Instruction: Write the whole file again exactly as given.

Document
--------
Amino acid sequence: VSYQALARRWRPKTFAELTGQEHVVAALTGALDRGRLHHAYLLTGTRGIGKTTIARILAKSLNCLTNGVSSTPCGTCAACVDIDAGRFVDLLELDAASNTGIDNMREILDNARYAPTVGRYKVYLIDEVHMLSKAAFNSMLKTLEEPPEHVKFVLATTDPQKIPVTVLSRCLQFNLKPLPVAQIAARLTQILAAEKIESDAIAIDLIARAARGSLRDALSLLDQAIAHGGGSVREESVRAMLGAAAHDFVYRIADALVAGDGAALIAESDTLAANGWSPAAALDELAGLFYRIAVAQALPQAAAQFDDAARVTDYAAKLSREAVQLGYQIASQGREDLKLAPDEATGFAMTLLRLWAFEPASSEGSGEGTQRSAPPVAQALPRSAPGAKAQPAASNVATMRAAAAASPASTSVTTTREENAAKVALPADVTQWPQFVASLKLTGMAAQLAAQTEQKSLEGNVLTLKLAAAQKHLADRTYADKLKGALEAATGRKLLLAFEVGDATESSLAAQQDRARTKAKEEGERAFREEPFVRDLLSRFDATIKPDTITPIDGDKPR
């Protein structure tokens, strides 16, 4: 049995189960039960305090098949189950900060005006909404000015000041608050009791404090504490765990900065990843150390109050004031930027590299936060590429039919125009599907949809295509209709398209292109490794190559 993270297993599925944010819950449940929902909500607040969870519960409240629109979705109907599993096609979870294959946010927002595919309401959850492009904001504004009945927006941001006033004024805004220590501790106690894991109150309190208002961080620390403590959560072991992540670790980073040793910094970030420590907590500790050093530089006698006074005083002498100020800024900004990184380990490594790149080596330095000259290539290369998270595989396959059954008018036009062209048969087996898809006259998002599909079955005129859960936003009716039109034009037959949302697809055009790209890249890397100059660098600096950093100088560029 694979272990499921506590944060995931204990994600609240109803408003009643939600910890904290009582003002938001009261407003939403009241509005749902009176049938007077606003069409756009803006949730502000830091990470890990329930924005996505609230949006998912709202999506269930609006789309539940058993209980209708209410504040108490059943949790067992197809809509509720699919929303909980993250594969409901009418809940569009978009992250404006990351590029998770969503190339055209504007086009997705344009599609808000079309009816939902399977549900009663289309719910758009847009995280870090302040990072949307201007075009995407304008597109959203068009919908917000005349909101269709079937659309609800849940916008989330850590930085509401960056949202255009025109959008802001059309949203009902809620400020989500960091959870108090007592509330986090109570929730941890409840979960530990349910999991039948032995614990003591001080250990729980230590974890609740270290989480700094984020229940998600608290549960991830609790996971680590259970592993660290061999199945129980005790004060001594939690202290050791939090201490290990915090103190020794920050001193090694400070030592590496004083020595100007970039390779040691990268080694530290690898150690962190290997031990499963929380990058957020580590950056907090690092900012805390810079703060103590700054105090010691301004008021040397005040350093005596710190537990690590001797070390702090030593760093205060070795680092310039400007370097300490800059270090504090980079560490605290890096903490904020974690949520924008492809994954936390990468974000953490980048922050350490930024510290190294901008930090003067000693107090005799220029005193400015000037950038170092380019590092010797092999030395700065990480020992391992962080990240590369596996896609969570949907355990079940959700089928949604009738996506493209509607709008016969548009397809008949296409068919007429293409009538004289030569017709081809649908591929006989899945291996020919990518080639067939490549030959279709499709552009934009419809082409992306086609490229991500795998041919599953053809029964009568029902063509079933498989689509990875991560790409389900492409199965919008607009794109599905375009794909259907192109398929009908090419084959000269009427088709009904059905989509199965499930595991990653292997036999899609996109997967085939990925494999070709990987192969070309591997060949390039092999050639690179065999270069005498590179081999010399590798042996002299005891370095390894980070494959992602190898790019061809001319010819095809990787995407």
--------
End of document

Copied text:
Amino acid sequence: VSYQALARRWRPKTFAELTGQEHVVAALTGALDRGRLHHAYLLTGTRGIGKTTIARILAKSLNCLTNGVSSTPCGTCAACVDIDAGRFVDLLELDAASNTGIDNMREILDNARYAPTVGRYKVYLIDEVHMLSKAAFNSMLKTLEEPPEHVKFVLATTDPQKIPVTVLSRCLQFNLKPLPVAQIAARLTQILAAEKIESDAIAIDLIARAARGSLRDALSLLDQAIAHGGGSVREESVRAMLGAAAHDFVYRIADALVAGDGAALIAESDTLAANGWSPAAALDELAGLFYRIAVAQALPQAAAQFDDAARVTDYAAKLSREAVQLGYQIASQGREDLKLAPDEATGFAMTLLRLWAFEPASSEGSGEGTQRSAPPVAQALPRSAPGAKAQPAASNVATMRAAAAASPASTSVTTTREENAAKVALPADVTQWPQFVASLKLTGMAAQLAAQTEQKSLEGNVLTLKLAAAQKHLADRTYADKLKGALEAATGRKLLLAFEVGDATESSLAAQQDRARTKAKEEGERAFREEPFVRDLLSRFDATIKPDTITPIDGDKPR
């Protein structure tokens, strides 16, 4: 049995189960039960305090098949189950900060005006909404000015000041608050009791404090504490765990900065990843150390109050004031930027590299936060590429039919125009599907949809295509209709398209292109490794190559 993270297993599925944010819950449940929902909500607040969870519960409240629109979705109907599993096609979870294959946010927002595919309401959850492009904001504004009945927006941001006033004024805004220590501790106690894991109150309190208002961080620390403590959560072991992540670790980073040793910094970030420590907590500790050093530089006698006074005083002498100020800024900004990184380990490594790149080596330095000259290539290369998270595989396959059954008018036009062209048969087996898809006259998002599909079955005129859960936003009716039109034009037959949302697809055009790209890249890397100059660098600096950093100088560029 694979272990499921506590944060995931204990994600609240109803408003009643939600910890904290009582003002938001009261407003939403009241509005749902009176049938007077606003069409756009803006949730502000830091990470890990329930924005996505609230949006998912709202999506269930609006789309539940058993209980209708209410504040108490059943949790067992197809809509509720699919929303909980993250594969409901009418809940569009978009992250404006990351590029998770969503190339055209504007086009997705344009599609808000079309009816939902399977549900009663289309719910758009847009995280870090302040990072949307201007075009995407304008597109959203068009919908917000005349909101269709079937659309609800849940916008989330850590930085509401960056949202255009025109959008802001059309949203009902809620400020989500960091959870108090007592509330986090109570929730941890409840979960530990349910999991039948032995614990003591001080250990729980230590974890609740270290989480700094984020229940998600608290549960991830609790996971680590259970592993660290061999199945129980005790004060001594939690202290050791939090201490290990915090103190020794920050001193090694400070030592590496004083020595100007970039390779040691990268080694530290690898150690962190290997031990499963929380990058957020580590950056907090690092900012805390810079703060103590700054105090010691301004008021040397005040350093005596710190537990690590001797070390702090030593760093205060070795680092310039400007370097300490800059270090504090980079560490605290890096903490904020974690949520924008492809994954936390990468974000953490980048922050350490930024510290190294901008930090003067000693107090005799220029005193400015000037950038170092380019590092010797092999030395700065990480020992391992962080990240590369596996896609969570949907355990079940959700089928949604009738996506493209509607709008016969548009397809008949296409068919007429293409009538004289030569017709081809649908591929006989899945291996020919990518080639067939490549030959279709499709552009934009419809082409992306086609490229991500795998041919599953053809029964009568029902063509079933498989689509990875991560790409389900492409199965919008607009794109599905375009794909259907192109398929009908090419084959000269009427088709009904059905989509199965499930595991990653292997036999899609996109997967085939990925494999070709990987192969070309591997060949390039092999050639690179065999270069005498590179081999010399590798042996002299005891370095390894980070494959992602190898790019061809001319010819095809990787995407």